Gaza Humanitarian Break: 26/27 Points of Agreement

As concerns about the humanitarian situation in the Gaza Strip grow, Israeli Prime Minister Benjamin Netanyahu announced a major offensive against the town of Rafah, on the border with Egypt. Faced with this catastrophic situation, the European Union is still struggling to adopt a unanimous position.

Faced with the deterioration of the humanitarian situation in Gaza, Europe speaks (almost) with one voice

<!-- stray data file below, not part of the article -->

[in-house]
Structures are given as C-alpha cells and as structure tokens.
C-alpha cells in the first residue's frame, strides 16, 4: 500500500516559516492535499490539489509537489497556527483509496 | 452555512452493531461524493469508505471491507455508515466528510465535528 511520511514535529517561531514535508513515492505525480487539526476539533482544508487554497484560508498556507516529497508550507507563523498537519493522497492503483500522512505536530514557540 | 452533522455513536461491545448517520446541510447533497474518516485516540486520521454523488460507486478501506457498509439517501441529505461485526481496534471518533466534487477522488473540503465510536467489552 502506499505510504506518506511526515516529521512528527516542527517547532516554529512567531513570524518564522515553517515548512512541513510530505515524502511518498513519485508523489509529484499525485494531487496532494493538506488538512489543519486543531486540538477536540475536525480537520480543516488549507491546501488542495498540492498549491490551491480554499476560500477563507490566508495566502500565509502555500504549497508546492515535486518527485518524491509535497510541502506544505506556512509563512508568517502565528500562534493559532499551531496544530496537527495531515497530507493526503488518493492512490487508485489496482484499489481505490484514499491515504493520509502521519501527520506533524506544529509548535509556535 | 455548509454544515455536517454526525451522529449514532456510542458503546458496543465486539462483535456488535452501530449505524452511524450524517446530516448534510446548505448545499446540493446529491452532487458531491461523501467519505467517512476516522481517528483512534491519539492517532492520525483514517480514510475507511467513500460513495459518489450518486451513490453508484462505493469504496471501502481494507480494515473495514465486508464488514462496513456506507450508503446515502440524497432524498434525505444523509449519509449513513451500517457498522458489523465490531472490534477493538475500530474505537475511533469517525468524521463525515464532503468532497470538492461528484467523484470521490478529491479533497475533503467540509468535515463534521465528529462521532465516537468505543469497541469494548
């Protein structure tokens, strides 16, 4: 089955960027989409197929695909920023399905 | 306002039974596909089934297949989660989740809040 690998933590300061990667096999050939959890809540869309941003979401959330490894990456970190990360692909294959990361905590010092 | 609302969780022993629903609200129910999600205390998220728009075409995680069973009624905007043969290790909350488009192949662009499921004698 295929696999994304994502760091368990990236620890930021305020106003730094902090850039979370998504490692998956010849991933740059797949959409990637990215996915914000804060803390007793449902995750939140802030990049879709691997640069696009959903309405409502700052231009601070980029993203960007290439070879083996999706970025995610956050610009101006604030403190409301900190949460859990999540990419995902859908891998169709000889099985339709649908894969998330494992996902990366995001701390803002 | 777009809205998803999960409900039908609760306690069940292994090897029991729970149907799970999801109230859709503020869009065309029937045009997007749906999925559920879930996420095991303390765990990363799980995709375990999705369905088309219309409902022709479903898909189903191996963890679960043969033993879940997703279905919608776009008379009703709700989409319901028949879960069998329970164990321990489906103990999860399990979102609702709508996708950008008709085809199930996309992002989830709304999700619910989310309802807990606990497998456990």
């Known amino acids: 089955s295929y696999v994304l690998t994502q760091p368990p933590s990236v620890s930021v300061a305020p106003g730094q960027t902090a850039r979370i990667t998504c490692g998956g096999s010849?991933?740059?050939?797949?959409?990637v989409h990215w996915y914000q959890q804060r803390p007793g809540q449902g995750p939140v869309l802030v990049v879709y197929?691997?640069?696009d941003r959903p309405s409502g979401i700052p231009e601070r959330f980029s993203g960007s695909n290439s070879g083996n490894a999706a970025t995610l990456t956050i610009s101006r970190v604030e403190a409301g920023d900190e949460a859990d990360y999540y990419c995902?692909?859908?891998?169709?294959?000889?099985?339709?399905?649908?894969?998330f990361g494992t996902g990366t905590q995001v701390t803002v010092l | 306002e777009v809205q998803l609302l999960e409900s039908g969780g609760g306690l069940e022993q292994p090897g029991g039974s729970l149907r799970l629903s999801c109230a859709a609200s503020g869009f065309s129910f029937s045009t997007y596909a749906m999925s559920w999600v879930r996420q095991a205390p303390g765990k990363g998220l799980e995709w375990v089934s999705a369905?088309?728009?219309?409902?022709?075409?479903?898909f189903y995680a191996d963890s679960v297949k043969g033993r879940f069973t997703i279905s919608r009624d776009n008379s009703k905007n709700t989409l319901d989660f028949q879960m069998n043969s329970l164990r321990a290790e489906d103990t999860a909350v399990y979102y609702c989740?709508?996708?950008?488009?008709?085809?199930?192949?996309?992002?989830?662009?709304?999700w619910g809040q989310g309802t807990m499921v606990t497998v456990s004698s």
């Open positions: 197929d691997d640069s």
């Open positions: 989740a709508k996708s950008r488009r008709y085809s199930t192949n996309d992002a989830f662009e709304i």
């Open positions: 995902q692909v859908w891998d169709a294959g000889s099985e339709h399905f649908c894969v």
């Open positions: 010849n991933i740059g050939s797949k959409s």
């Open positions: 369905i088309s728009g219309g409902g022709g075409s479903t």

The announcement of this offensive in the south of the Gaza Strip has caused serious concern in Europe and around the world. This Monday, February 19, 26 of the 27 Member States agreed on the request for a humanitarian pause in Gaza and opposed the launch of a new offensive on the city of Rafah, only Hungary refused to ally with these statements. Spain and Ireland, which have been very critical of the actions of the Israeli government in terms of human rights, have called on the Commission to ensure that Israel respects humanitarian law. Spanish Prime Minister Pedro Sanchez and his Irish counterpart Leo Varadkar are taking advantage of the association agreement that has existed between the European Union and the Jewish state for more than 20 years to justify such a request to the Commission. Indeed, this agreement constitutes the cornerstone of relations between the Union and Israel, it stipulates an obligation to respect human rights. Failure to comply with this obligation could disrupt this bilateral relationship, and the Commission’s response is therefore all the more awaited.